mkdir /home/deploy/.ssh chmod 700 /home/deploy/.ssh nano /home/deploy/.ssh/authorized_keys chmod 400 /home/deploy/.ssh/authorized_keys chown deploy:deploy /home/deploy -R echo 'deploy ALL=(ALL) NOPASSWD: ALL' > /etc/sudoers.d/deploy
Your new account will be automatically set up for passwordless
sudo. Or you can just add your
deployuser to the sudo group.
adduser deploy sudo
Ansible (the tool setting up your server) runs locally on your computer and sends commands to the remote server. Download this repository somewhere on your machine, either through
Clone or Download > Download ZIPabove,
git clone https://github.com/sovereign/sovereign.git
Modify the settings in the
group_vars/sovereignfolder to your liking. If you want to see how they’re used in context, just search for the corresponding string. All of the variables in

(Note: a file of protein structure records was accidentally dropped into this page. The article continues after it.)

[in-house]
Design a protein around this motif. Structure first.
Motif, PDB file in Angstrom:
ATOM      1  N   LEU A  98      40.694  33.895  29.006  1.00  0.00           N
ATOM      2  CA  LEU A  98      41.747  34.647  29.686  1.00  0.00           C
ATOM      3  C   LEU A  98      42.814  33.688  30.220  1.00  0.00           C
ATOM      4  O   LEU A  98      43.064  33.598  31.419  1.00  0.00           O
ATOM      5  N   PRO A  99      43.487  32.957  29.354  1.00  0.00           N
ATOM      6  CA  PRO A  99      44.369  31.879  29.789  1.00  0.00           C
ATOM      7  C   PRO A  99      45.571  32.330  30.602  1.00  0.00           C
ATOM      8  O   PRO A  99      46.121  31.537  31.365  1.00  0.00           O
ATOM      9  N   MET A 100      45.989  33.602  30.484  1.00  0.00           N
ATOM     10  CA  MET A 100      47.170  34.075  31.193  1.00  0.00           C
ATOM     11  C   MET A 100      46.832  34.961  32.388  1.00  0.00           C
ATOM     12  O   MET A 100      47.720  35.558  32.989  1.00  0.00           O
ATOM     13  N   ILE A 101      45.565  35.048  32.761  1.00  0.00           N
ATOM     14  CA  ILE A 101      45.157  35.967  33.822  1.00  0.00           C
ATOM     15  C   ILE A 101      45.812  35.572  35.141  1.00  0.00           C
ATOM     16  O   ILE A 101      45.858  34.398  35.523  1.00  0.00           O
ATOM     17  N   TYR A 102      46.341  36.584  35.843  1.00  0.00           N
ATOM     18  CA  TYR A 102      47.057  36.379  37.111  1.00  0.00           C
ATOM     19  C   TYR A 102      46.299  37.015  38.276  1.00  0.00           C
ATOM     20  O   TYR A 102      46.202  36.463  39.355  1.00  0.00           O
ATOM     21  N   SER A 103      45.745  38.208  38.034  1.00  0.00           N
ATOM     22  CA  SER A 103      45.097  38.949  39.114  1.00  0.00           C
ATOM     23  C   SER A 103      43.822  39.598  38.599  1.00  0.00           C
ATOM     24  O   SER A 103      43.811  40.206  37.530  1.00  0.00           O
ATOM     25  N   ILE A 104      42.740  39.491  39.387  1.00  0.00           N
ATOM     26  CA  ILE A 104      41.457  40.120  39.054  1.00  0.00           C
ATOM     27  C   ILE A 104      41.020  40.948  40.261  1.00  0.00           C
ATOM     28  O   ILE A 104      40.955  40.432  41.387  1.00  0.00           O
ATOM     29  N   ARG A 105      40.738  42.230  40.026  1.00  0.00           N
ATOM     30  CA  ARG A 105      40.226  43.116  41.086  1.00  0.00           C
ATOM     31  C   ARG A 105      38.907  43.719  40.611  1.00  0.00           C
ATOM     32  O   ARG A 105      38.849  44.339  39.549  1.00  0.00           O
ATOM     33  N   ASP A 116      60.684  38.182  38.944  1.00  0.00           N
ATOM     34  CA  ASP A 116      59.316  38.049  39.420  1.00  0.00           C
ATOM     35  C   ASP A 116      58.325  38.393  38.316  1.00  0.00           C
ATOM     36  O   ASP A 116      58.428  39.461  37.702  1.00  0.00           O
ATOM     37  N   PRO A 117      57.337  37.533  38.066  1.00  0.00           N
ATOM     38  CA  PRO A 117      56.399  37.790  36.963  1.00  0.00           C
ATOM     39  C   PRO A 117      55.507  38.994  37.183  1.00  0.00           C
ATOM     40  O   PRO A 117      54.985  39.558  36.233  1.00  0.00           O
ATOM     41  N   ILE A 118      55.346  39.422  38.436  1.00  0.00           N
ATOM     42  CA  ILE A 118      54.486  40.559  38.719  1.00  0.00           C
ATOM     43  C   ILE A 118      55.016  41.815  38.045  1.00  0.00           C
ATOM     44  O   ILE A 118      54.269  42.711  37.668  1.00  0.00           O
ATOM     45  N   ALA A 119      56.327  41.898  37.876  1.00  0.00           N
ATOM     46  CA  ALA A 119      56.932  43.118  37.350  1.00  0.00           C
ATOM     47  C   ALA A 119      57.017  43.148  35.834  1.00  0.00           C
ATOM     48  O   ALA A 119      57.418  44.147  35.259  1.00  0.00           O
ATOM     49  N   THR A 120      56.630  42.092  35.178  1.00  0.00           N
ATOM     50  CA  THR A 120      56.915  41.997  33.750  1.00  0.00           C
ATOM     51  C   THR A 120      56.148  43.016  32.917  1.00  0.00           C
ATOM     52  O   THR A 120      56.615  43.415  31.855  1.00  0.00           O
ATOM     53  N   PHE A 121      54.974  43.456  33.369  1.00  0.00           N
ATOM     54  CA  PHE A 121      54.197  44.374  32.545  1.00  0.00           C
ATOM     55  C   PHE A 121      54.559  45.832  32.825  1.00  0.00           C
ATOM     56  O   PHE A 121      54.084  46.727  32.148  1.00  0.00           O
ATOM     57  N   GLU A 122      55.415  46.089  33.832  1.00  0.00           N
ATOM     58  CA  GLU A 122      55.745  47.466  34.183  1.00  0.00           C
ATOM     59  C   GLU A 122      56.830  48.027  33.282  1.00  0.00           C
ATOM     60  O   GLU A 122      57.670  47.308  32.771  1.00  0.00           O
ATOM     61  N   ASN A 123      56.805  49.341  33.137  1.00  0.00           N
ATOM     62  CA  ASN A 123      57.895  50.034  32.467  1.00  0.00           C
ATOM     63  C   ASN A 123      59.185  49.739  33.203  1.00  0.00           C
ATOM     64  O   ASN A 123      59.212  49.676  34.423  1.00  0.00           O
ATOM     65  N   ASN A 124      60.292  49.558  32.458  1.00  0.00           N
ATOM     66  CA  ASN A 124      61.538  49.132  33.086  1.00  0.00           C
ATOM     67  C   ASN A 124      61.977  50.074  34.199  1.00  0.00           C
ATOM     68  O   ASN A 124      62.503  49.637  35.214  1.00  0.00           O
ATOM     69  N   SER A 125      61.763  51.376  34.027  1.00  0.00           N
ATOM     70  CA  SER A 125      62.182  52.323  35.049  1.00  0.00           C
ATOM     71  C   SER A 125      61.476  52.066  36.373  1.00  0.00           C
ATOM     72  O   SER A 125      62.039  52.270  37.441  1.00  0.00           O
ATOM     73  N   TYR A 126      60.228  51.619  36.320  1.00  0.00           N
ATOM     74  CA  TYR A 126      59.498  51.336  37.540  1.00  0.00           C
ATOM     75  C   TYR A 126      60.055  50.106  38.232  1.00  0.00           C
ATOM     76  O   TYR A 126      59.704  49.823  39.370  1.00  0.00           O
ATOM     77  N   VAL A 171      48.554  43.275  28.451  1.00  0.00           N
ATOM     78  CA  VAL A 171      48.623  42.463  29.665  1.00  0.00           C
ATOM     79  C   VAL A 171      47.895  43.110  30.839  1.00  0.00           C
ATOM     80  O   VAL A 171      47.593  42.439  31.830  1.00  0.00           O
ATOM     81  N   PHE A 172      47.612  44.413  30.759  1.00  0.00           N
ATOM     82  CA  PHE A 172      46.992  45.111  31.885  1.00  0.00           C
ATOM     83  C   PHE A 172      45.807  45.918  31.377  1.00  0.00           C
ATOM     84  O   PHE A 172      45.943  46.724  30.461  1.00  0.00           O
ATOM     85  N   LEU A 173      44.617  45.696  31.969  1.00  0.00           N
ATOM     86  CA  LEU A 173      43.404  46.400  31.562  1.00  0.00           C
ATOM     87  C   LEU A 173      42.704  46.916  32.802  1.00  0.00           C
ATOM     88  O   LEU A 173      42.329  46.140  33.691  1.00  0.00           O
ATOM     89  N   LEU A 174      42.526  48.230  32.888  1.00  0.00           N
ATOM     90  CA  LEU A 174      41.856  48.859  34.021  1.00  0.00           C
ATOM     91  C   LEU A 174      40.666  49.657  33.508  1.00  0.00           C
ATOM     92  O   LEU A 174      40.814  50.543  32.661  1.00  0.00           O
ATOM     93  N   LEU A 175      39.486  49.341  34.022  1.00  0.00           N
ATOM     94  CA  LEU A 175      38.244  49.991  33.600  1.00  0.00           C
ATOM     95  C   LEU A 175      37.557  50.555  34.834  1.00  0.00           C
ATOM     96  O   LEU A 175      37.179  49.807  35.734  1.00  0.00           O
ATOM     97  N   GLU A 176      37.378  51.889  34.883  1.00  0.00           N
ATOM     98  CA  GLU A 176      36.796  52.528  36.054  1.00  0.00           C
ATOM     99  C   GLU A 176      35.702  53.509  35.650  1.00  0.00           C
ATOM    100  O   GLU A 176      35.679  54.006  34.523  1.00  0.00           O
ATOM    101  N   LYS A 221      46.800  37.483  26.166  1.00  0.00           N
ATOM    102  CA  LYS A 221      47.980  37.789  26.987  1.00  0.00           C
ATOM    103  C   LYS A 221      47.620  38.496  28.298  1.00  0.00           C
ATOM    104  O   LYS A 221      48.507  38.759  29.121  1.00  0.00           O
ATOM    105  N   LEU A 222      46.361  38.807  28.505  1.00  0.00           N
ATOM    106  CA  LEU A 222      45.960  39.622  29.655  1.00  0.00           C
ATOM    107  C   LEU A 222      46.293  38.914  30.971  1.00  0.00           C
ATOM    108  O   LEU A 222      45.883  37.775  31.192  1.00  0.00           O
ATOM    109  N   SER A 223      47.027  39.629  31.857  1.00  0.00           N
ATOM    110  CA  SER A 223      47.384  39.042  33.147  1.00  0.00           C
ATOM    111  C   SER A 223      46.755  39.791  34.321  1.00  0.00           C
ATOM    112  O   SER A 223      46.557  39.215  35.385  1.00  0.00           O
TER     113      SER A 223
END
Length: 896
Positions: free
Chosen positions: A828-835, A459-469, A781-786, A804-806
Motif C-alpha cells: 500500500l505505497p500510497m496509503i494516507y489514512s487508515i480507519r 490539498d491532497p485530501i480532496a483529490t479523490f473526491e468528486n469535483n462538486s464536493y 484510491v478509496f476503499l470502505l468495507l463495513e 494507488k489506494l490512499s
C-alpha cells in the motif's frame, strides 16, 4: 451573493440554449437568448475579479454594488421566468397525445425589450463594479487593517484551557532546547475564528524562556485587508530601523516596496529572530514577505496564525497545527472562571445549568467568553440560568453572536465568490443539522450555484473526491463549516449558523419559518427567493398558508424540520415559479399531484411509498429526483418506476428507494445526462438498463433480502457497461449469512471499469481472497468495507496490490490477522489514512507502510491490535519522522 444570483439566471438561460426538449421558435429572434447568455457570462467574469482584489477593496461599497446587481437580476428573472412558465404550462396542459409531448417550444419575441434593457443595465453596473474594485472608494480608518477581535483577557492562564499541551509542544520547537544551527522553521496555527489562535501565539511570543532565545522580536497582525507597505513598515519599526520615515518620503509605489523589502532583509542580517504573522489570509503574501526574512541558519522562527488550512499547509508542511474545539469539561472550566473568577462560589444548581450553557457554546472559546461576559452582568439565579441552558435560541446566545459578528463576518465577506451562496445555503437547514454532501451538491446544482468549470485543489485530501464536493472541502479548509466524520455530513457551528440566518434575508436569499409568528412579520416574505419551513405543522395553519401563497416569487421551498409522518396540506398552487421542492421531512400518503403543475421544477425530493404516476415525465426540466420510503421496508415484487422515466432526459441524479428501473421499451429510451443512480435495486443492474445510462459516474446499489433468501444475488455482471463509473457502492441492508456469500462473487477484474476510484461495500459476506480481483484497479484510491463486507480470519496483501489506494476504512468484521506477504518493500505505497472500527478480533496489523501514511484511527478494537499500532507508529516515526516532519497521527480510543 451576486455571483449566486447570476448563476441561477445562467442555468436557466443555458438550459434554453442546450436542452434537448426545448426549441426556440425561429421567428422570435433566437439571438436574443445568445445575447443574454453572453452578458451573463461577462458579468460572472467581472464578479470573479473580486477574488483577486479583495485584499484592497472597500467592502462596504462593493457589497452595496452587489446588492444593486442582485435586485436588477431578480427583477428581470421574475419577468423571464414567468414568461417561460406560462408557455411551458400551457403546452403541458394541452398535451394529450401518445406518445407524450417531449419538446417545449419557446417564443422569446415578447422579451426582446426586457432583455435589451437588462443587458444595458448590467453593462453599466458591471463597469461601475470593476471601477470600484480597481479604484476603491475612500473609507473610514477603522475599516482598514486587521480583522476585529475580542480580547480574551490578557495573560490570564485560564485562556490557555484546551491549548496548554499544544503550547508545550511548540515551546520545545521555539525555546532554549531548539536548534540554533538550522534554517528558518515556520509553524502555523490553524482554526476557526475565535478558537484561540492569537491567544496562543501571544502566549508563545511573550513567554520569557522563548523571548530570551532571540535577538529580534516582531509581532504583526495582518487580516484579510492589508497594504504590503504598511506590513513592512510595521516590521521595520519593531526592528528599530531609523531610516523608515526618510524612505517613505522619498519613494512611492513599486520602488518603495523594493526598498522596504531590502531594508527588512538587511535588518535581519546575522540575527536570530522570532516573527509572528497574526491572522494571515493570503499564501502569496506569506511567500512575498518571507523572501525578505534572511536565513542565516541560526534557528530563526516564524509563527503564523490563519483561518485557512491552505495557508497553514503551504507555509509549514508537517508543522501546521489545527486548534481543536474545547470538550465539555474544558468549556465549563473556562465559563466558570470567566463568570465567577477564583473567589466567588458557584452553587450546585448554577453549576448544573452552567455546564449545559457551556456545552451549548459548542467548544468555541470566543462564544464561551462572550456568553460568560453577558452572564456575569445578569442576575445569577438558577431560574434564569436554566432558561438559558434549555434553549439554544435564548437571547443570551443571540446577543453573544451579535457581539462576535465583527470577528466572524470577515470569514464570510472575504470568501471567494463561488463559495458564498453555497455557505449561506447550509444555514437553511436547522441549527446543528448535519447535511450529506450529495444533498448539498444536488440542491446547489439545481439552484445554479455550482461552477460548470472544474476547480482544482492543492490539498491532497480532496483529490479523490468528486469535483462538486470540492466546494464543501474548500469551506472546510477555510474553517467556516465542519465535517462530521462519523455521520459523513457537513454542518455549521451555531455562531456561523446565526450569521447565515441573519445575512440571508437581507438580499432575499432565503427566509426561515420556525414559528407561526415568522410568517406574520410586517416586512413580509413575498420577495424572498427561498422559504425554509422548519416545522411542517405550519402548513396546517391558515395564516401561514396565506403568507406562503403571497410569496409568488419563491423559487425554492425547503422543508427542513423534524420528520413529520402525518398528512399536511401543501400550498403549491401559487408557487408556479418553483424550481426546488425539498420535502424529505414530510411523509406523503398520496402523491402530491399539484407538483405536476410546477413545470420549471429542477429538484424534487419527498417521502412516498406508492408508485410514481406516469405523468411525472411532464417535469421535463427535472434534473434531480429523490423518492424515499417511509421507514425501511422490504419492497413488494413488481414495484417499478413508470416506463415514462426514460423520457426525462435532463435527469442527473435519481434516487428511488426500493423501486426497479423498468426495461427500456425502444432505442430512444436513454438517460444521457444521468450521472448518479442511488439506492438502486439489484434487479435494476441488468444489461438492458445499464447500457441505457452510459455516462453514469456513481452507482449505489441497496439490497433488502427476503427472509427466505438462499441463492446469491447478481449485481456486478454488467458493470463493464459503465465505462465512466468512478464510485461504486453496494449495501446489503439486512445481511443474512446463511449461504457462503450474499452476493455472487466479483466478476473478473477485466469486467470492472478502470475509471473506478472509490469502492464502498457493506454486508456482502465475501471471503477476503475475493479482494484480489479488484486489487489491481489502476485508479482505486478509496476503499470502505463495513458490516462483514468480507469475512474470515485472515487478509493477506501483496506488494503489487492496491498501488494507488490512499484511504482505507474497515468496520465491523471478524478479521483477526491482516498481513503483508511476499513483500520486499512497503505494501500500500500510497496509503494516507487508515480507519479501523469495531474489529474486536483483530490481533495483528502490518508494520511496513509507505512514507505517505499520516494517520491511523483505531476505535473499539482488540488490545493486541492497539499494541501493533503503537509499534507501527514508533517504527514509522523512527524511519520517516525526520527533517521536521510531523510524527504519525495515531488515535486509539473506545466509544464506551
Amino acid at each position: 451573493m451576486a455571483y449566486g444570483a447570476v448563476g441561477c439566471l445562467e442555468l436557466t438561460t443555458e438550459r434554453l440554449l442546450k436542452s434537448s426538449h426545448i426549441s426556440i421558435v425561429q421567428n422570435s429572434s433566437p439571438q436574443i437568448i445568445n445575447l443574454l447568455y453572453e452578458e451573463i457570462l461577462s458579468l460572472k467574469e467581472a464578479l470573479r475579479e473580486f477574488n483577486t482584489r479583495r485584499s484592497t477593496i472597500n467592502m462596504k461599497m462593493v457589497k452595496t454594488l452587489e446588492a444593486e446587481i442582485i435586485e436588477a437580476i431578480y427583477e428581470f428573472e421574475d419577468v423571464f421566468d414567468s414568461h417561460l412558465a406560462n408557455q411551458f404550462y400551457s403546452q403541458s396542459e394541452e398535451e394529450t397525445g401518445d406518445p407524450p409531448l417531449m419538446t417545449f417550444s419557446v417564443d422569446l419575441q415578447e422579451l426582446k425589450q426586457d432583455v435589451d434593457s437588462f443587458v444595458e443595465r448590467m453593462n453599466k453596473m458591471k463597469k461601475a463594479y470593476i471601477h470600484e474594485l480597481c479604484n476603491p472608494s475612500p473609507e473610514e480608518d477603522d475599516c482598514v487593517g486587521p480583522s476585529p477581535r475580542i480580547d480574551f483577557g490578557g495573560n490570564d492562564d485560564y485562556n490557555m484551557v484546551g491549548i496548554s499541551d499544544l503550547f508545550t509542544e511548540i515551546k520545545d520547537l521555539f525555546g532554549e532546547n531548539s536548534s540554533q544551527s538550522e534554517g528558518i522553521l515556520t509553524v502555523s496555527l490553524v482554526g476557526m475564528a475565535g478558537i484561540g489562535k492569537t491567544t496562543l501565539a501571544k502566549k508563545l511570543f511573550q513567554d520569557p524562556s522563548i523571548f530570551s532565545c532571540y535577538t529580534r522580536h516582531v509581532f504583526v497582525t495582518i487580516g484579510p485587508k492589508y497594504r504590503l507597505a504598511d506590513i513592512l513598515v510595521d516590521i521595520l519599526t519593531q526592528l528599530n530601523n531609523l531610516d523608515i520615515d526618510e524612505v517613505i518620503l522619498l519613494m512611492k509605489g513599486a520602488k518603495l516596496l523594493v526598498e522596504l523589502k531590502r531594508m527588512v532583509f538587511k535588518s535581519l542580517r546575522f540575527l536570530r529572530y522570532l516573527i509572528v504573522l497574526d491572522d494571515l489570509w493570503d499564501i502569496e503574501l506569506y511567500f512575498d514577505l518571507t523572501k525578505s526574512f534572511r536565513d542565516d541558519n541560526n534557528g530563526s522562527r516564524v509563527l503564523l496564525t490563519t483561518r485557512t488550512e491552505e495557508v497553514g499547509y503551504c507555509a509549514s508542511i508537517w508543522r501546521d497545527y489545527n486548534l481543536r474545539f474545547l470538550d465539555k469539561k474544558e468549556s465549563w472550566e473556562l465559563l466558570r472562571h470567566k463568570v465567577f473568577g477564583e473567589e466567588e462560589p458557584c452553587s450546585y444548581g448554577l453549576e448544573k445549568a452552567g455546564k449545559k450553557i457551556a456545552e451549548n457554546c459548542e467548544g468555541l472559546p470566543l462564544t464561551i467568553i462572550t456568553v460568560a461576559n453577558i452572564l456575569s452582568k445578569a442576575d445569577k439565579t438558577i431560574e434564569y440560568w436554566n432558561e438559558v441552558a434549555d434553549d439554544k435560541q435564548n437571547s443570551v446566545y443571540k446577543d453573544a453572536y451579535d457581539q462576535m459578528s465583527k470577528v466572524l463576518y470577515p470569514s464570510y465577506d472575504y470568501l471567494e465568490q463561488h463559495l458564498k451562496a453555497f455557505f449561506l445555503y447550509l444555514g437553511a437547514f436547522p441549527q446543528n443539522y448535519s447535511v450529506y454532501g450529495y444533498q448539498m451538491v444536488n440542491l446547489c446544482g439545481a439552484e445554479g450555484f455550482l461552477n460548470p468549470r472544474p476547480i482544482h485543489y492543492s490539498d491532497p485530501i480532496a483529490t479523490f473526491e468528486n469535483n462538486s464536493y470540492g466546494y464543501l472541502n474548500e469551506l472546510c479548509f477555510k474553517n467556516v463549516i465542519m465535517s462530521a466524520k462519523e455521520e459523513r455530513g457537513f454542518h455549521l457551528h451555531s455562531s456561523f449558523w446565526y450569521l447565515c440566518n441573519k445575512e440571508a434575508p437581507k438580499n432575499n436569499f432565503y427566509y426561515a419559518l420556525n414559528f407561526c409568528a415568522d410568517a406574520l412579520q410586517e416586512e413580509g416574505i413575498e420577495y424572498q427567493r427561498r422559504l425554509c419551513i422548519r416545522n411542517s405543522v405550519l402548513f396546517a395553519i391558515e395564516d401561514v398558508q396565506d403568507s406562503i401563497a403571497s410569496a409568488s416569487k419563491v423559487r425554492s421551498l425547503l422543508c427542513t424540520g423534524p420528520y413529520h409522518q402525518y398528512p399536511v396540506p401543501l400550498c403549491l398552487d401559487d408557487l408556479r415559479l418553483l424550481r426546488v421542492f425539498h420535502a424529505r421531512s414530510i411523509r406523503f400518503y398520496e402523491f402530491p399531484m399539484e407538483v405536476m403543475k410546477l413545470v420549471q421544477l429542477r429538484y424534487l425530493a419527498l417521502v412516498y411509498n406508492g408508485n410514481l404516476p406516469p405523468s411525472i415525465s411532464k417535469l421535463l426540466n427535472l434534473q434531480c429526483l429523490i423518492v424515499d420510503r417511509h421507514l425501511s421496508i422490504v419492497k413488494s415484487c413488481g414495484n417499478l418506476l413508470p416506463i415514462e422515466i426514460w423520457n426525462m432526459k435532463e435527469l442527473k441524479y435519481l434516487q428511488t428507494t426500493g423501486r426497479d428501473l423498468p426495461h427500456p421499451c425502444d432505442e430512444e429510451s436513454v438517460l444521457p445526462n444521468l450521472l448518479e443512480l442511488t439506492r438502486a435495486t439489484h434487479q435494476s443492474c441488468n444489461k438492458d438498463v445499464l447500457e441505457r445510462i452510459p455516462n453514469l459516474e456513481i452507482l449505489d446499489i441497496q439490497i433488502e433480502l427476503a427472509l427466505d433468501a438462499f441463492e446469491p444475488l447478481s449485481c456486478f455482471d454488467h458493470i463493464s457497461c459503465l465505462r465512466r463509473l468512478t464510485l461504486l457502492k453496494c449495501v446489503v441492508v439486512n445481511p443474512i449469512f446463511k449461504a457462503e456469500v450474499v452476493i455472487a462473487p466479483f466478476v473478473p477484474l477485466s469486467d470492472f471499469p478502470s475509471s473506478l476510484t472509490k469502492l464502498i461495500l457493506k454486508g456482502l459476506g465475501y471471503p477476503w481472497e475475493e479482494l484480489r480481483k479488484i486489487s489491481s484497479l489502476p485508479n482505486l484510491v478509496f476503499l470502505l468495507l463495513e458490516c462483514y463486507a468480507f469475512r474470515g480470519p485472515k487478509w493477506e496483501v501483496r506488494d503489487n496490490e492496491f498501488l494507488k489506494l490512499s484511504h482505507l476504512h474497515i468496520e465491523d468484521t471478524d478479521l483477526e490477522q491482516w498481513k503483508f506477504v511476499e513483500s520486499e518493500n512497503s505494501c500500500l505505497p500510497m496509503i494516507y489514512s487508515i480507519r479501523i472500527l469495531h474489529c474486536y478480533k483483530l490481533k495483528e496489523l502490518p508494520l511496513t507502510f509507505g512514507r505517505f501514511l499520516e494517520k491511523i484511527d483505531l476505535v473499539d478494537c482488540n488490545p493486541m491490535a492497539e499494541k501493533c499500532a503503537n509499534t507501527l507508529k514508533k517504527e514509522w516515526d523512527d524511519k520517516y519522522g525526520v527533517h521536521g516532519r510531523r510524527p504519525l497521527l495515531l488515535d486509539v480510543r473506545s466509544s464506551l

group_vars/sovereignmust be set for sovereign to function.
For Git hosting, copy your public key into place:
cp ~/.ssh/id_rsa.pub roles/git/files/gitolite.pub
Finally, replace the
host.example.netin the file
hosts. If your SSH daemon listens on a non-standard port, add a colon and the port number after the IP address. In that case you also need to add your custom port to the task
Set firewall rules for web traffic and SSHin the file
If you’ve just bought a new domain name, point it at Linode’s DNS Manager or similar. Most VPS services (and even some domain registrars) offer a managed DNS service that you can use for this at no charge. If you’re using an existing domain that’s already managed elsewhere, you can probably just modify a few records.
CNAMErecords which point to your server's IP address:
www.example.com(for Web hosting)
autoconfig.example.com(for email client automatic configuration)
First, make sure you’ve got Ansible 1.9.3+ installed.
To run the whole dang thing: